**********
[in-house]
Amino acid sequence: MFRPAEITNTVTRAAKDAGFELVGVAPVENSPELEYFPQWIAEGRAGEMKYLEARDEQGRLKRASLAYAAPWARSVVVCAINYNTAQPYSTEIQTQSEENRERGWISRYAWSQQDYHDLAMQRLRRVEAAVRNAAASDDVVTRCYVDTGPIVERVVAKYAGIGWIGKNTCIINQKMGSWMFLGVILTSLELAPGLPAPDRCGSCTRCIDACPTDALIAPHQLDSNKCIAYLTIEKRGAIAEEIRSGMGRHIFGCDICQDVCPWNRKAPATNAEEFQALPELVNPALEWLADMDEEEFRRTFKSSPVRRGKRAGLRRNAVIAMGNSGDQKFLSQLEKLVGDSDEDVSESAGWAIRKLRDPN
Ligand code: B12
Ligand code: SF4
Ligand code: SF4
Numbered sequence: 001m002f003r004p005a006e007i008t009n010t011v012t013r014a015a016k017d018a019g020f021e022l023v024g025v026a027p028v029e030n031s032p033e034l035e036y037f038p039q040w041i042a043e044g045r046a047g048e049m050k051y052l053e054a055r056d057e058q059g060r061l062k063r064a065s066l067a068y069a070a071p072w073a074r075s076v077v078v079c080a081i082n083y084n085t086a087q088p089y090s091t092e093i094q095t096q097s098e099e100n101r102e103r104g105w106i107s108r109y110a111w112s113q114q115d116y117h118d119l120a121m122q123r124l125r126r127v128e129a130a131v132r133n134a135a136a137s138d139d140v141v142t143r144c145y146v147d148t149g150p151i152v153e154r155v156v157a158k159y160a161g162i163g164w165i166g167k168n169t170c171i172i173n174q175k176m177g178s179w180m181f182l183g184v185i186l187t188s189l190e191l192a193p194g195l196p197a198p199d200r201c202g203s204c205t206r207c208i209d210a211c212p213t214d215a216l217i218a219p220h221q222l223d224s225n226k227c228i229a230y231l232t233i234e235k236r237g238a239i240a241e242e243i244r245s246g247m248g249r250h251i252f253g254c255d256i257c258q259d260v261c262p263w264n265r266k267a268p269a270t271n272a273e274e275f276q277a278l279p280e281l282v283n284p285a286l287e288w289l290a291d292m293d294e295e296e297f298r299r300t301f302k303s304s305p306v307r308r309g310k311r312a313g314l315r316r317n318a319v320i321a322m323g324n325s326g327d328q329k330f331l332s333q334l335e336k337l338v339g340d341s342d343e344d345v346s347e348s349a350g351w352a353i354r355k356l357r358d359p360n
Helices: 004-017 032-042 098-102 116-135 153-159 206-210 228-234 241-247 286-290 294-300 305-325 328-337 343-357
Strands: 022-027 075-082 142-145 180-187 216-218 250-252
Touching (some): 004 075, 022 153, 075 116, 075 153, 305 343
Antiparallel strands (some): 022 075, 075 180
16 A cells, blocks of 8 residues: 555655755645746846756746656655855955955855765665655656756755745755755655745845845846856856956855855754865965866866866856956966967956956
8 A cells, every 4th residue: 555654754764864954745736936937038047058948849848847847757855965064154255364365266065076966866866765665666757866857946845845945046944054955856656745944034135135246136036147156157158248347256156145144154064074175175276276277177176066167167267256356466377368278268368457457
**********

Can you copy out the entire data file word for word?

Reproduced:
[in-house]
Amino acid sequence: MFRPAEITNTVTRAAKDAGFELVGVAPVENSPELEYFPQWIAEGRAGEMKYLEARDEQGRLKRASLAYAAPWARSVVVCAINYNTAQPYSTEIQTQSEENRERGWISRYAWSQQDYHDLAMQRLRRVEAAVRNAAASDDVVTRCYVDTGPIVERVVAKYAGIGWIGKNTCIINQKMGSWMFLGVILTSLELAPGLPAPDRCGSCTRCIDACPTDALIAPHQLDSNKCIAYLTIEKRGAIAEEIRSGMGRHIFGCDICQDVCPWNRKAPATNAEEFQALPELVNPALEWLADMDEEEFRRTFKSSPVRRGKRAGLRRNAVIAMGNSGDQKFLSQLEKLVGDSDEDVSESAGWAIRKLRDPN
Ligand code: B12
Ligand code: SF4
Ligand code: SF4
Numbered sequence: 001m002f003r004p005a006e007i008t009n010t011v012t013r014a015a016k017d018a019g020f021e022l023v024g025v026a027p028v029e030n031s032p033e034l035e036y037f038p039q040w041i042a043e044g045r046a047g048e049m050k051y052l053e054a055r056d057e058q059g060r061l062k063r064a065s066l067a068y069a070a071p072w073a074r075s076v077v078v079c080a081i082n083y084n085t086a087q088p089y090s091t092e093i094q095t096q097s098e099e100n101r102e103r104g105w106i107s108r109y110a111w112s113q114q115d116y117h118d119l120a121m122q123r124l125r126r127v128e129a130a131v132r133n134a135a136a137s138d139d140v141v142t143r144c145y146v147d148t149g150p151i152v153e154r155v156v157a158k159y160a161g162i163g164w165i166g167k168n169t170c171i172i173n174q175k176m177g178s179w180m181f182l183g184v185i186l187t188s189l190e191l192a193p194g195l196p197a198p199d200r201c202g203s204c205t206r207c208i209d210a211c212p213t214d215a216l217i218a219p220h221q222l223d224s225n226k227c228i229a230y231l232t233i234e235k236r237g238a239i240a241e242e243i244r245s246g247m248g249r250h251i252f253g254c255d256i257c258q259d260v261c262p263w264n265r266k267a268p269a270t271n272a273e274e275f276q277a278l279p280e281l282v283n284p285a286l287e288w289l290a291d292m293d294e295e296e297f298r299r300t301f302k303s304s305p306v307r308r309g310k311r312a313g314l315r316r317n318a319v320i321a322m323g324n325s326g327d328q329k330f331l332s333q334l335e336k337l338v339g340d341s342d343e344d345v346s347e348s349a350g351w352a353i354r355k356l357r358d359p360n
Helices: 004-017 032-042 098-102 116-135 153-159 206-210 228-234 241-247 286-290 294-300 305-325 328-337 343-357
Strands: 022-027 075-082 142-145 180-187 216-218 250-252
Touching (some): 004 075, 022 153, 075 116, 075 153, 305 343
Antiparallel strands (some): 022 075, 075 180
16 A cells, blocks of 8 residues: 555655755645746846756746656655855955955855765665655656756755745755755655745845845846856856956855855754865965866866866856956966967956956
8 A cells, every 4th residue: 555654754764864954745736936937038047058948849848847847757855965064154255364365266065076966866866765665666757866857946845845945046944054955856656745944034135135246136036147156157158248347256156145144154064074175175276276277177176066167167267256356466377368278268368457457